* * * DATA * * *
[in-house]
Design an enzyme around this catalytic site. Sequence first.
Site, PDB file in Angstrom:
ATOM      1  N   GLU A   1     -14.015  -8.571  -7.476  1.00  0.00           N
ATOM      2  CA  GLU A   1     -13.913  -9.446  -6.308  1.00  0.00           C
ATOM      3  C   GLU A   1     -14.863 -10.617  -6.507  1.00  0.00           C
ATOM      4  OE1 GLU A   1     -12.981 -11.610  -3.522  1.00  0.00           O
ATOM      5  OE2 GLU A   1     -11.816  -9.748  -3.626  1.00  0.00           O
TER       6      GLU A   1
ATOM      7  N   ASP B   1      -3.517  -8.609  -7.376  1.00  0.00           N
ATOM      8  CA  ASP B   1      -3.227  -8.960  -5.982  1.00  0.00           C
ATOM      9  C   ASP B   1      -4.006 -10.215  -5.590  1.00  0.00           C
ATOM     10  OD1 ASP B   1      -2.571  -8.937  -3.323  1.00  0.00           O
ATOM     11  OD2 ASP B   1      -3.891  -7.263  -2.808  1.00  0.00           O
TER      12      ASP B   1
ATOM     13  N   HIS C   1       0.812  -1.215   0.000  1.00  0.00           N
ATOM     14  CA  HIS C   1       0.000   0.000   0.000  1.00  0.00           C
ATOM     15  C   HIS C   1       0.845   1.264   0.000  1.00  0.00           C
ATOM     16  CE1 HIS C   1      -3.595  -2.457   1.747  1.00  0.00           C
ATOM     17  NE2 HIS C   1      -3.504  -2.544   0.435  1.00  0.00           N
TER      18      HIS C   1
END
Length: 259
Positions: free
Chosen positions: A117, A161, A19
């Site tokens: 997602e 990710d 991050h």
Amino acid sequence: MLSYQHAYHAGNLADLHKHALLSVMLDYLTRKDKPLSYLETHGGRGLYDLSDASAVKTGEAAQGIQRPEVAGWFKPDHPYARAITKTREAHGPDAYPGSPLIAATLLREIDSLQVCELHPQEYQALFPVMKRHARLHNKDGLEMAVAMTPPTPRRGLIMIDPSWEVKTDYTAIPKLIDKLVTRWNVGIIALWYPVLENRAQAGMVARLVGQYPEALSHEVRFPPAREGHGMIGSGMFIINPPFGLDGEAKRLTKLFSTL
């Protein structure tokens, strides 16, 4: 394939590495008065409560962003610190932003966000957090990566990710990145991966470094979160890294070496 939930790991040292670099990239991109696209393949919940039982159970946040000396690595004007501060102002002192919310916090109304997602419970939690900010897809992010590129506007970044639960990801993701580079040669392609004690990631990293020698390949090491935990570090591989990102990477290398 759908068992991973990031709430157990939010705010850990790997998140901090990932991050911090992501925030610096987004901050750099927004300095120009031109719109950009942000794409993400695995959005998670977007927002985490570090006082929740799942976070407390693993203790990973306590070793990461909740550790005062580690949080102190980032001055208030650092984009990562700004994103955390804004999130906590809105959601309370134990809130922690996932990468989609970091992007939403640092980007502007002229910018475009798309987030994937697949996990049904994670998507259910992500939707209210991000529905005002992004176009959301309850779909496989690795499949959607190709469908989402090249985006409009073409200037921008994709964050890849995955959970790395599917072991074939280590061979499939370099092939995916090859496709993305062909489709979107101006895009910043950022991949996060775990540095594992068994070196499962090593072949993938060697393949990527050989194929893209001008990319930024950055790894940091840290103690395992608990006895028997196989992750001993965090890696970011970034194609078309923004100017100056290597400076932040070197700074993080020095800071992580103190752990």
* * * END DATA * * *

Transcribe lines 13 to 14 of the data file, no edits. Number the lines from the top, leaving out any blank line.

ATOM     10  OD1 ASP B   1      -2.571  -8.937  -3.323  1.00  0.00           O
ATOM     11  OD2 ASP B   1      -3.891  -7.263  -2.808  1.00  0.00           O